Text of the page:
Alzheimer's therapy may be effective in treating individuals addicted to opioids

Clinical trial results reveal that a medication used to treat Alzheimer's disease may also be an effective therapy for individuals addicted to opioids. The findings are published in The American Journal on Addictions.

The medication, called galantamine, is thought to have a dual mechanism of action--it increases levels of a chemical messenger called acetylcholine in the brain and also binds to nicotinic receptors, which play a role in addiction to nicotine and other substances.

Participants who took galantamine had fewer urine samples that were positive for opioids compared with those who took placebo, which corroborated with self-reported abstinence in those who took galantamine. Also, participants who used opioids during follow-up took longer to do so if they were in the galantamine group.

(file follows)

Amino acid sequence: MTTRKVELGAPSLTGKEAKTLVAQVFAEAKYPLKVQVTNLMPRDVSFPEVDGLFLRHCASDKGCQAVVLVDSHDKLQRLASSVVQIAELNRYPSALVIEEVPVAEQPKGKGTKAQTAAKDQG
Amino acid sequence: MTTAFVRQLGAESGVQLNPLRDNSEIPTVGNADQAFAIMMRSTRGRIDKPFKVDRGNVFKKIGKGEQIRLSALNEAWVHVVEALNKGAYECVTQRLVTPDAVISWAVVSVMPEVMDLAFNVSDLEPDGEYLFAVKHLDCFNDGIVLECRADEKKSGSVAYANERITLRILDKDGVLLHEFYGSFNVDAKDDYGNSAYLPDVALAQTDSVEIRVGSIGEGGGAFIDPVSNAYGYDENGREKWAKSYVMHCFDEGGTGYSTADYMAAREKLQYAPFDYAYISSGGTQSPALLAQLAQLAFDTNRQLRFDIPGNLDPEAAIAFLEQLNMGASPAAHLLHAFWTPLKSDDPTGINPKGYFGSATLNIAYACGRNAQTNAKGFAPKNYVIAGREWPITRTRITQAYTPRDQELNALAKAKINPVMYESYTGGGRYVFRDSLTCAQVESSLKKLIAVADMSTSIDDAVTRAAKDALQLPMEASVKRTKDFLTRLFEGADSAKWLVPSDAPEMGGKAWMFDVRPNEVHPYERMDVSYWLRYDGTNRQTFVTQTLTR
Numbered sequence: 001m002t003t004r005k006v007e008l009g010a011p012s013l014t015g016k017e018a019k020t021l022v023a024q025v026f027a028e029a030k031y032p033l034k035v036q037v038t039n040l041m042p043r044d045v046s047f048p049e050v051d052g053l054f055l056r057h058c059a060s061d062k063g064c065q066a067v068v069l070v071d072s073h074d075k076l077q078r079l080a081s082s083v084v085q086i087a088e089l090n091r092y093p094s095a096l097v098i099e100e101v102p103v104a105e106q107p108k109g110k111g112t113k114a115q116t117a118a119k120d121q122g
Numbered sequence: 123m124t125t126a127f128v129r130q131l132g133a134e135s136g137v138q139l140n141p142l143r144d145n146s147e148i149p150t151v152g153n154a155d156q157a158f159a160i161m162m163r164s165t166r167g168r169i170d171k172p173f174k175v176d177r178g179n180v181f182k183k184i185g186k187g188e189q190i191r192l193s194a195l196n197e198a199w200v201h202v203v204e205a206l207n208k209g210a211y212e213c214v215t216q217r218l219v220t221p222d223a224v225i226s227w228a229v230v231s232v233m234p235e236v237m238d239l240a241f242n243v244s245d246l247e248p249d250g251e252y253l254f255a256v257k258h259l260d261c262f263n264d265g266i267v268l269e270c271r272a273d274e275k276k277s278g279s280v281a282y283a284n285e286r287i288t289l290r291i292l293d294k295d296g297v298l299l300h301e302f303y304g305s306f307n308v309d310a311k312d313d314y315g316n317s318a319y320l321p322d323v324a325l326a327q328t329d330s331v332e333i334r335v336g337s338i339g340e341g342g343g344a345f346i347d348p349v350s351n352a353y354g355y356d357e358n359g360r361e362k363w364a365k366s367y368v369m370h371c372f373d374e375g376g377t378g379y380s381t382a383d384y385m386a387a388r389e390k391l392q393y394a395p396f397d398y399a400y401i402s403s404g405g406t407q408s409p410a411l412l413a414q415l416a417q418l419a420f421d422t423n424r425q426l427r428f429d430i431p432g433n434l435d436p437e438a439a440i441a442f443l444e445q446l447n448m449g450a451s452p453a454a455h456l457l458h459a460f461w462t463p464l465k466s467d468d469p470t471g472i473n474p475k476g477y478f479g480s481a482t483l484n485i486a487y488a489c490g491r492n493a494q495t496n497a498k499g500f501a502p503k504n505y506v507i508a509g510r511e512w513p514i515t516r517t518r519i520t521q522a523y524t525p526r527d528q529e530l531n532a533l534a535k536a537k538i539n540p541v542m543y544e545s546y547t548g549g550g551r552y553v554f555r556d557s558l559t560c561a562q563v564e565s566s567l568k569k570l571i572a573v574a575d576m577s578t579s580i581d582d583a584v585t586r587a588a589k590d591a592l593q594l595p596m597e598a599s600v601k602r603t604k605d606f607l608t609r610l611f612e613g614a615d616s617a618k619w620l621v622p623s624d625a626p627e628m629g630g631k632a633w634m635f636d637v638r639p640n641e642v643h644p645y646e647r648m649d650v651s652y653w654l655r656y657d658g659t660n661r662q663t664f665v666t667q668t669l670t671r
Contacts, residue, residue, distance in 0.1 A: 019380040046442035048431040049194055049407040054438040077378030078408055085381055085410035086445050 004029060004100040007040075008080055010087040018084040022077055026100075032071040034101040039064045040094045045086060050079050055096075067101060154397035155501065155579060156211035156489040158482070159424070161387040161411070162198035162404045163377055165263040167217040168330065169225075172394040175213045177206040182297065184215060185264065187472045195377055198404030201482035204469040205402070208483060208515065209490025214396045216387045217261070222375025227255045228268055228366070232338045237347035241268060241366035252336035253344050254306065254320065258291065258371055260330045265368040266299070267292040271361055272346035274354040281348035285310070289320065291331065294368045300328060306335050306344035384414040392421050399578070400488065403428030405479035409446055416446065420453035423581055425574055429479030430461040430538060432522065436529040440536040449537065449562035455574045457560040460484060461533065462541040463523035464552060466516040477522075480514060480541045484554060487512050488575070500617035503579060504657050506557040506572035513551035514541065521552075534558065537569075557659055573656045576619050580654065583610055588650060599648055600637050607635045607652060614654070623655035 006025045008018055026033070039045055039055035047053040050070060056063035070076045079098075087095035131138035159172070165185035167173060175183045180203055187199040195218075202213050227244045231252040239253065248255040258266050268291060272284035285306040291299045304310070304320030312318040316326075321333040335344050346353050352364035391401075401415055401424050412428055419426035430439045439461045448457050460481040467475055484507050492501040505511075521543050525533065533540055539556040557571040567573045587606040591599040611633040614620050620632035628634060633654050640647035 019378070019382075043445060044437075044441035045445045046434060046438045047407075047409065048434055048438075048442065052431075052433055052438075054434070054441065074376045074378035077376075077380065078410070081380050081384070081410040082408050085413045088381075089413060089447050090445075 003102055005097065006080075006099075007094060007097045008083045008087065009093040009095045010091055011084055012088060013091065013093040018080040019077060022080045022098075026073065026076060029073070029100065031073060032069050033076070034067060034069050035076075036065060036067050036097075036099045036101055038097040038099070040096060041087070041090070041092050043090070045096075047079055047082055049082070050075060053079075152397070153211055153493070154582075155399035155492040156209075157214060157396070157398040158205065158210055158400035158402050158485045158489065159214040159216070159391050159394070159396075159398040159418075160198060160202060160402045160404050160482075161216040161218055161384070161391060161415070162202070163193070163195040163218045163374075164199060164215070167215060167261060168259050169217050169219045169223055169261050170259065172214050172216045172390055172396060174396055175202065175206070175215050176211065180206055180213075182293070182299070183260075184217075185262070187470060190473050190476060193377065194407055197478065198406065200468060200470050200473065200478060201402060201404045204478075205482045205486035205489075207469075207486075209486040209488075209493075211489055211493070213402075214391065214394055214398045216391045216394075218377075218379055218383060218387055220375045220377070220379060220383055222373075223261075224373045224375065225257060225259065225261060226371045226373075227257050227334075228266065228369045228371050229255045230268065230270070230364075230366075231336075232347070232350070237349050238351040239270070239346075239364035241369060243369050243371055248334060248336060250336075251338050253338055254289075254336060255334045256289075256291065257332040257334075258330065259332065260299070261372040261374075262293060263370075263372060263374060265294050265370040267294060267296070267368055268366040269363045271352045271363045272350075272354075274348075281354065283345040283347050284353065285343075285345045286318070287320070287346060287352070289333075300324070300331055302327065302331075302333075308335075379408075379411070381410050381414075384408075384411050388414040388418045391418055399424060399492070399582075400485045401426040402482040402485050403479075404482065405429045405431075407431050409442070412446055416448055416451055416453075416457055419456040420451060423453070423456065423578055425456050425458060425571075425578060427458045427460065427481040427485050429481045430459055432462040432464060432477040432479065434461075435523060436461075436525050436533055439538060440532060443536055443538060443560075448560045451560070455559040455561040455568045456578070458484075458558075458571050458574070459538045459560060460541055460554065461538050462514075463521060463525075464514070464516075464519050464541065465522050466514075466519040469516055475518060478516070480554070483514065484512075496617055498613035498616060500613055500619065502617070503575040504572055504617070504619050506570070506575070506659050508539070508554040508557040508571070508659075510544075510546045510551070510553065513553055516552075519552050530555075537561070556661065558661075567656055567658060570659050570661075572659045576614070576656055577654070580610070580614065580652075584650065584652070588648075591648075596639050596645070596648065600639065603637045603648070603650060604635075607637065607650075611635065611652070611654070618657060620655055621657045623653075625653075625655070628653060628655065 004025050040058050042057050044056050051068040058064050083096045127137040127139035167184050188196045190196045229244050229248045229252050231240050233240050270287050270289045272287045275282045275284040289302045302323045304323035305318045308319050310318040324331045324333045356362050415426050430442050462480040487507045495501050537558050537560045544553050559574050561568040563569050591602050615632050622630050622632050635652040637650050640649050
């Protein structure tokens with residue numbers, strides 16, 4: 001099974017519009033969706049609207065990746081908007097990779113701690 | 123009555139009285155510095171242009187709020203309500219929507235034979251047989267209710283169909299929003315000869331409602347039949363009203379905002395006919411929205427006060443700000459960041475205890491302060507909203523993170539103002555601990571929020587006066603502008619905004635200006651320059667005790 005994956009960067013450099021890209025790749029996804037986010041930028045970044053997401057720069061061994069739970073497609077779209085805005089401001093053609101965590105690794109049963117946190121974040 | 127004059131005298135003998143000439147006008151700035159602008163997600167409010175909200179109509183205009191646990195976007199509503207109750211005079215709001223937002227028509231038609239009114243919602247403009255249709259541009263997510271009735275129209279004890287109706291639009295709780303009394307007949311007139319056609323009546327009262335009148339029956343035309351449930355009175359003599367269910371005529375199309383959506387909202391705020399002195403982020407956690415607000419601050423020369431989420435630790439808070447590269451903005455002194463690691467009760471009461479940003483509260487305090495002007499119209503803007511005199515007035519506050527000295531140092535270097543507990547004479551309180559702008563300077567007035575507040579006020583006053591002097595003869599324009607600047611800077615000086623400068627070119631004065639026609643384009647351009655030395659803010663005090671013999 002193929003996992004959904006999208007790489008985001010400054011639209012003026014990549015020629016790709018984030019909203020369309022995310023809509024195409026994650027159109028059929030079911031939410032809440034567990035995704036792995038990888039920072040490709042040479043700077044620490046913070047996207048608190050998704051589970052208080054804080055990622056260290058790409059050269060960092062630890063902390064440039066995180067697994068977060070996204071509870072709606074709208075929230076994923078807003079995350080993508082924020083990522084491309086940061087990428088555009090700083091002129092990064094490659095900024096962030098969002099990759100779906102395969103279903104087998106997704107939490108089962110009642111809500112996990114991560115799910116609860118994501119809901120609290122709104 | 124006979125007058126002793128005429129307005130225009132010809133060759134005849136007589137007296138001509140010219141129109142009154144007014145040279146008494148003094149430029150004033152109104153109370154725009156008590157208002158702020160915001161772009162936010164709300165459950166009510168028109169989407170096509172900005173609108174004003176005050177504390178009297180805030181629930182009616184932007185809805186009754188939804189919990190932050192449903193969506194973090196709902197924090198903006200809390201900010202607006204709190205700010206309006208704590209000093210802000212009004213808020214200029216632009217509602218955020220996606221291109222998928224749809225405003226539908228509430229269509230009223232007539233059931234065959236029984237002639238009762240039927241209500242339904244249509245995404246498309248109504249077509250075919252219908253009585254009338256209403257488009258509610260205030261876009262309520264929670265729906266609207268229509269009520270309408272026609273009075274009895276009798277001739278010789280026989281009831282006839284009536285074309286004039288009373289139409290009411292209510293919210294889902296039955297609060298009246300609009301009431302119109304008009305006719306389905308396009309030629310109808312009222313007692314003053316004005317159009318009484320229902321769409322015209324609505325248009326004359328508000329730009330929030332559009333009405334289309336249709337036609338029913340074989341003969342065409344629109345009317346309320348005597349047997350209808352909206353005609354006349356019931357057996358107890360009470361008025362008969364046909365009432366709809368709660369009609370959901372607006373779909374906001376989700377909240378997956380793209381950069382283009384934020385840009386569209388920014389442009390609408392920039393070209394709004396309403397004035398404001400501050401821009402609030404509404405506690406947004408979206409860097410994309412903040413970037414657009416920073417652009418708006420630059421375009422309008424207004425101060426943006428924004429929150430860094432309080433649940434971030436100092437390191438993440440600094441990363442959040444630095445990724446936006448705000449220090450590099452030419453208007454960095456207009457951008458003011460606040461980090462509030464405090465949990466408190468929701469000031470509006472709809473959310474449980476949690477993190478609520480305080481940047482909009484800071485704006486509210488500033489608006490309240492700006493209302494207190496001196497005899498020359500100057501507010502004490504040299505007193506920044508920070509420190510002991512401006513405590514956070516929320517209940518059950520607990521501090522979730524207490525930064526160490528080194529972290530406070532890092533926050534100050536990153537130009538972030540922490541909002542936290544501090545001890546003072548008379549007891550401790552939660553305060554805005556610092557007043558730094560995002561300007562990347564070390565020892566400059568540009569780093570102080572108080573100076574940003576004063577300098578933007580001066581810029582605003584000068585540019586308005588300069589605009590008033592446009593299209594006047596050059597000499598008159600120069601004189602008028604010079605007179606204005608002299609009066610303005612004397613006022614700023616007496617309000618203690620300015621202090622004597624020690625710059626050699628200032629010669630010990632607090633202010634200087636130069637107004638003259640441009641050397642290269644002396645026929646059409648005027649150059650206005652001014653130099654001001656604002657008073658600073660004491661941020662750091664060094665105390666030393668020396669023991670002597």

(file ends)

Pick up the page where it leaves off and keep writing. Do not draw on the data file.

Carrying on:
My colleagues and I are excited about these preliminary findings, as they could point to new strategies for helping those with opioid use disorder. We hope to pursue this in future research."

Lead author Kathleen Carroll, PhD, of the Yale University School of Medicine

Source:

Wiley

Journal reference:

Carroll, K.M. et al. (2019) Double‐Blind Placebo‐Controlled Trial of Galantamine for Methadone‐Maintained Individuals With Cocaine Use Disorder: Secondary Analysis of Effects on Illicit Opioid Use. American Journal on Addictionsh. doi.org/10.1111/ajad.12904.

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